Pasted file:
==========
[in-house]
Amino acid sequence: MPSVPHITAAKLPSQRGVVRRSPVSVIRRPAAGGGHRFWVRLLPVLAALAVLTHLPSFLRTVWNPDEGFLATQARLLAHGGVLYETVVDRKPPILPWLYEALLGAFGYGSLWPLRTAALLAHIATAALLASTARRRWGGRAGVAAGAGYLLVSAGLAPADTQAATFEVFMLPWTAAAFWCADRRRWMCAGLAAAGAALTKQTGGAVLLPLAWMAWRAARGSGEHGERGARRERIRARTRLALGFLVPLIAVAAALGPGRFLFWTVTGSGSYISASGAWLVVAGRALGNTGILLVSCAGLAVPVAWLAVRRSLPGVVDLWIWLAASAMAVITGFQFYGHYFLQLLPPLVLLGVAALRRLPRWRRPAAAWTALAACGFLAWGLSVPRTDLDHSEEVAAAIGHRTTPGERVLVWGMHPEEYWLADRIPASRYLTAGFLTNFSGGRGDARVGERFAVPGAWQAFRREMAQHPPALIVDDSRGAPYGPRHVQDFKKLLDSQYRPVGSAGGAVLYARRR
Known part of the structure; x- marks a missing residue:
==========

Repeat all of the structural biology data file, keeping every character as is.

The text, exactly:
[in-house]
Amino acid sequence: MPSVPHITAAKLPSQRGVVRRSPVSVIRRPAAGGGHRFWVRLLPVLAALAVLTHLPSFLRTVWNPDEGFLATQARLLAHGGVLYETVVDRKPPILPWLYEALLGAFGYGSLWPLRTAALLAHIATAALLASTARRRWGGRAGVAAGAGYLLVSAGLAPADTQAATFEVFMLPWTAAAFWCADRRRWMCAGLAAAGAALTKQTGGAVLLPLAWMAWRAARGSGEHGERGARRERIRARTRLALGFLVPLIAVAAALGPGRFLFWTVTGSGSYISASGAWLVVAGRALGNTGILLVSCAGLAVPVAWLAVRRSLPGVVDLWIWLAASAMAVITGFQFYGHYFLQLLPPLVLLGVAALRRLPRWRRPAAAWTALAACGFLAWGLSVPRTDLDHSEEVAAAIGHRTTPGERVLVWGMHPEEYWLADRIPASRYLTAGFLTNFSGGRGDARVGERFAVPGAWQAFRREMAQHPPALIVDDSRGAPYGPRHVQDFKKLLDSQYRPVGSAGGAVLYARRR
Known part of the structure; x- marks a missing residue: